IBM Is Planning to Build Its First Fault-Tolerant Quantum Computer by 2029

This week, IBM announced a pair of shiny new quantum computers.

The company’s Condor processor is the first quantum chip of its kind with over 1,000 qubits, a feat that would have made big headlines just a few years ago. But earlier this year, a startup, Atom Computing, unveiled a 1,180-qubit quantum computer using a different approach. And although IBM says Condor demonstrates it can reliably produce high-quality qubits at scale, it’ll likely be the largest single chip the company makes until sometime next decade.

Instead of growing the number of qubits crammed onto each chip, IBM will focus on getting the most out of the qubits it has. In this respect, the second chip announced, Heron, is the future.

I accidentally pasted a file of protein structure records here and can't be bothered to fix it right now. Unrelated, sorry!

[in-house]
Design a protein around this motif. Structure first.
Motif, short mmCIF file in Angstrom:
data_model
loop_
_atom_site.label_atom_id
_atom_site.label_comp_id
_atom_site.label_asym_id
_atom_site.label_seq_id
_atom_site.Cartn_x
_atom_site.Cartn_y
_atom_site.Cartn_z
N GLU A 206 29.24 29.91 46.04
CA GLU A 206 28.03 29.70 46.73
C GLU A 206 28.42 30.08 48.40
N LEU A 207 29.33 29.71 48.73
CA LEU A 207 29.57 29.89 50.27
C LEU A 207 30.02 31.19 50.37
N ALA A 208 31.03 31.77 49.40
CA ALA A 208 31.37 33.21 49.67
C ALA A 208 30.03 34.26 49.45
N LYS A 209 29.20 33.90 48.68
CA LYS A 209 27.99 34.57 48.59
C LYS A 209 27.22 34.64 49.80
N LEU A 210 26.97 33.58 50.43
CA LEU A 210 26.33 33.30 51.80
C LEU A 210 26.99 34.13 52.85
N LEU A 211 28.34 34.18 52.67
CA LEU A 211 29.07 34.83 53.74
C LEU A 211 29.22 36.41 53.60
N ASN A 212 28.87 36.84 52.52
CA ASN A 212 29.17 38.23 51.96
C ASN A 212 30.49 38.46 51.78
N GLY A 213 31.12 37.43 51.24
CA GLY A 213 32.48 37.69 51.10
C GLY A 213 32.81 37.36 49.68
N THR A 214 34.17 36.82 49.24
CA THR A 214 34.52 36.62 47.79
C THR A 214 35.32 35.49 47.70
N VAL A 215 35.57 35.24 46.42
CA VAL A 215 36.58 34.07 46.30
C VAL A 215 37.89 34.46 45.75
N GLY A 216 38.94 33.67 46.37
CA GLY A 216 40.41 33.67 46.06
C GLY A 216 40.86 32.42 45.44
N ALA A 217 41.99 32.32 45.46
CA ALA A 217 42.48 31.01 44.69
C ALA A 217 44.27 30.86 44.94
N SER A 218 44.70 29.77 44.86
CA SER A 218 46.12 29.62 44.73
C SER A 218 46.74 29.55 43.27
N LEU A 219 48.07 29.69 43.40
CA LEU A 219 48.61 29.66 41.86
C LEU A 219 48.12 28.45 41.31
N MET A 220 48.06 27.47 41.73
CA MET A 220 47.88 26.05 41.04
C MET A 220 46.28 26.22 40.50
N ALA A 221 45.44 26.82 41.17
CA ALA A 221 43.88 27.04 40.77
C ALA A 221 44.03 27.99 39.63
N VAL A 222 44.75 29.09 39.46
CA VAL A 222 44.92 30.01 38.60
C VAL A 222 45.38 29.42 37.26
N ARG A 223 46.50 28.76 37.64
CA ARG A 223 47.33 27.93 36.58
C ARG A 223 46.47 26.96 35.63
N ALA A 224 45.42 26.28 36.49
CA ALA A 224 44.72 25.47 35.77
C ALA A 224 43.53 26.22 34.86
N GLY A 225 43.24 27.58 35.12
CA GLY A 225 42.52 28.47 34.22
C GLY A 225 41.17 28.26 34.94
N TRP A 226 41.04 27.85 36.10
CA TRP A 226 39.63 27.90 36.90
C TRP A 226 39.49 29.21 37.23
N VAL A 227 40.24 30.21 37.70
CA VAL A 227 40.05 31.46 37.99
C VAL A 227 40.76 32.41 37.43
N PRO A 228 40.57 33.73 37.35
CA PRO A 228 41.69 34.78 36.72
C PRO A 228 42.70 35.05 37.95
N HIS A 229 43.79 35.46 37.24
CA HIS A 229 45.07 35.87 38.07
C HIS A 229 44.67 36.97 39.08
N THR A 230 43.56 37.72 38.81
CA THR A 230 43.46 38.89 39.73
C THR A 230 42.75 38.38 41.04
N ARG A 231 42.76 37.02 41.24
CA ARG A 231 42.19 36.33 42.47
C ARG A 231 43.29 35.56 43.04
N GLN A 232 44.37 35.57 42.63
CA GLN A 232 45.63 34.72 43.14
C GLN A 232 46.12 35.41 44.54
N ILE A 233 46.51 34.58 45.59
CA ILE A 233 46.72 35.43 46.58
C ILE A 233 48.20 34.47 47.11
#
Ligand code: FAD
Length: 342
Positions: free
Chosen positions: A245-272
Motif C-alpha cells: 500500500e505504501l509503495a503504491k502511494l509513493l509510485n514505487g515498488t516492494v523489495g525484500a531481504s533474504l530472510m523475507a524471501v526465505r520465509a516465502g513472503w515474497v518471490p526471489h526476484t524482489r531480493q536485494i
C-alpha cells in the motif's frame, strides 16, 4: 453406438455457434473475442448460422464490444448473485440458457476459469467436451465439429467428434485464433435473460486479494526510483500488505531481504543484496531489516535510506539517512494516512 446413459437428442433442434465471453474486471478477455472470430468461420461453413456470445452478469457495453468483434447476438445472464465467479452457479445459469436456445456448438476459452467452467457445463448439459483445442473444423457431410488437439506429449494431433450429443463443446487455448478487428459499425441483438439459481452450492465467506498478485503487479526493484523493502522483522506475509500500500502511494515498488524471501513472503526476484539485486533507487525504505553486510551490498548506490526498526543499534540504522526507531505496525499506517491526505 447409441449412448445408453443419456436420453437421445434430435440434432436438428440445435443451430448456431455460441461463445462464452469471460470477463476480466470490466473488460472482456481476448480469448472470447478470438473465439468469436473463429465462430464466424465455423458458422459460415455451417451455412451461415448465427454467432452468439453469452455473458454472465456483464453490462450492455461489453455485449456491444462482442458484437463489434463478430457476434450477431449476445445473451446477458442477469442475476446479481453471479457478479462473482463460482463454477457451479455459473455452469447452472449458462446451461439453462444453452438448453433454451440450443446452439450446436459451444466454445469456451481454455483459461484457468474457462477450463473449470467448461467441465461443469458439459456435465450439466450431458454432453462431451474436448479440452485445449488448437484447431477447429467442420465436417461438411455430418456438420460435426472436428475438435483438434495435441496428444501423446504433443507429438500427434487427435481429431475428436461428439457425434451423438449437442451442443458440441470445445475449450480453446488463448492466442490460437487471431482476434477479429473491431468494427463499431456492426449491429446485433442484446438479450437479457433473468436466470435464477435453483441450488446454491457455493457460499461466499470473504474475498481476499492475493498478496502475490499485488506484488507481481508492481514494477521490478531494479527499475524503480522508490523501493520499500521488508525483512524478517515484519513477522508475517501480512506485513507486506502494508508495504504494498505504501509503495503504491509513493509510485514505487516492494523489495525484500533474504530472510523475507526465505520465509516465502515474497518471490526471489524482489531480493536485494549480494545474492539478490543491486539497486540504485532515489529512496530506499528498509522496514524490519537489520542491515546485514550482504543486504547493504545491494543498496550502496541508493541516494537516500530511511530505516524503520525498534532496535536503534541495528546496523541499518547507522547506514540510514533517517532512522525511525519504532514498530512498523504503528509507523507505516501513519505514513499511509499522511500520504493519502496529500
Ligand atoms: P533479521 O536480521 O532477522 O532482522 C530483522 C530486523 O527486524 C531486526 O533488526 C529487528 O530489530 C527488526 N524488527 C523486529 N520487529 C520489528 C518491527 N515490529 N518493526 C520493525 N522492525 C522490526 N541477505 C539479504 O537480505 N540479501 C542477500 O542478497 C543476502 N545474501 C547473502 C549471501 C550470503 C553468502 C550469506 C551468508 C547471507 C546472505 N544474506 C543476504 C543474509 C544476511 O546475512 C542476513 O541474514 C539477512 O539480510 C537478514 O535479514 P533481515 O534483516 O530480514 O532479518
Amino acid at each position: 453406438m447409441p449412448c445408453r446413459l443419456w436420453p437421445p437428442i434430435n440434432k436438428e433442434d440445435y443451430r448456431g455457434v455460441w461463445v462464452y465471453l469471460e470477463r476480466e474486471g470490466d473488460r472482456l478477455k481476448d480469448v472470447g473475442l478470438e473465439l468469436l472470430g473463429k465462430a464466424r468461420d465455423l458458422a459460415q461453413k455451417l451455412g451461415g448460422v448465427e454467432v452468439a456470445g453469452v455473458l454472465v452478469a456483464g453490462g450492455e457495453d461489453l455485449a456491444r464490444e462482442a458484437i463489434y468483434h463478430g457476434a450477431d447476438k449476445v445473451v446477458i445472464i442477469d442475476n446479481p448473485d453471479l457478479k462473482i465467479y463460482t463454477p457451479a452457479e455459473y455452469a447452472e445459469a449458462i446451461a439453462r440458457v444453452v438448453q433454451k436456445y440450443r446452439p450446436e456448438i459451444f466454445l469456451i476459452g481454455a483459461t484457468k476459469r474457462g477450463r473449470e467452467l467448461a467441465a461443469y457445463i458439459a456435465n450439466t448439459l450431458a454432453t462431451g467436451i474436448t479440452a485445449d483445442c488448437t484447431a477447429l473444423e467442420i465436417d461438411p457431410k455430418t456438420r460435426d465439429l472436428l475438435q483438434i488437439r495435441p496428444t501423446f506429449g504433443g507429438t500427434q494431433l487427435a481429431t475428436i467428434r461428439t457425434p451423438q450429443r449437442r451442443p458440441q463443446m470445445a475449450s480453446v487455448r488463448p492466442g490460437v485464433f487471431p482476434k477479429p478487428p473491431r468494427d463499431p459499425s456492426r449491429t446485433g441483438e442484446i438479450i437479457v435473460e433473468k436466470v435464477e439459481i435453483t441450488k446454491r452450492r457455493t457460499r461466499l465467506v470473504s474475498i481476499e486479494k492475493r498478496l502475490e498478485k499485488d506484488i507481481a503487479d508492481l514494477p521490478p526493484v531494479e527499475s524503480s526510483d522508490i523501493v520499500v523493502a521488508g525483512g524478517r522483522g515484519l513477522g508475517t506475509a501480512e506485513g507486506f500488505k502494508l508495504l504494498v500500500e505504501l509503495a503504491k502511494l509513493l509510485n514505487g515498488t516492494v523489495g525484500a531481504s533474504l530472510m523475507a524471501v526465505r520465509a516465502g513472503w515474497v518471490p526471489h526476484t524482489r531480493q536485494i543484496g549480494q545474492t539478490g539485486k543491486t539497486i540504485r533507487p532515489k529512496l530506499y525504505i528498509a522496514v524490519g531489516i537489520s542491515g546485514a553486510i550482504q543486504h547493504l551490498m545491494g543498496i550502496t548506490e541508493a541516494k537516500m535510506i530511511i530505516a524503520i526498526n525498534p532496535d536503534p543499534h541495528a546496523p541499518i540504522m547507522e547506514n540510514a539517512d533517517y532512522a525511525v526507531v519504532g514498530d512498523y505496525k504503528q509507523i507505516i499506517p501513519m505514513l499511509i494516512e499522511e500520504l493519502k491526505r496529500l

Though Heron has fewer qubits than Condor—just 133—it’s significantly faster and less error-prone. The company plans to combine several of these smaller chips into increasingly more powerful systems, a bit like the multicore processors powering smartphones. The first of these, System Two, also announced this week, contains three linked Condor chips.

IBM also updated its quantum roadmap, a timeline of key engineering milestones, through 2033. Notably, the company is aiming to complete a fault-tolerant quantum computer by 2029. The machine won’t be large enough to run complex quantum algorithms, like the one expected to one day break standard encryption. Still, it’s a bold promise.

Quantum Correction

Practical quantum computers will be able to tackle problems that can’t be solved using classical computers. But today’s systems are far too small and error-ridden to realize that dream. To get there, engineers are working on a solution called error-correction.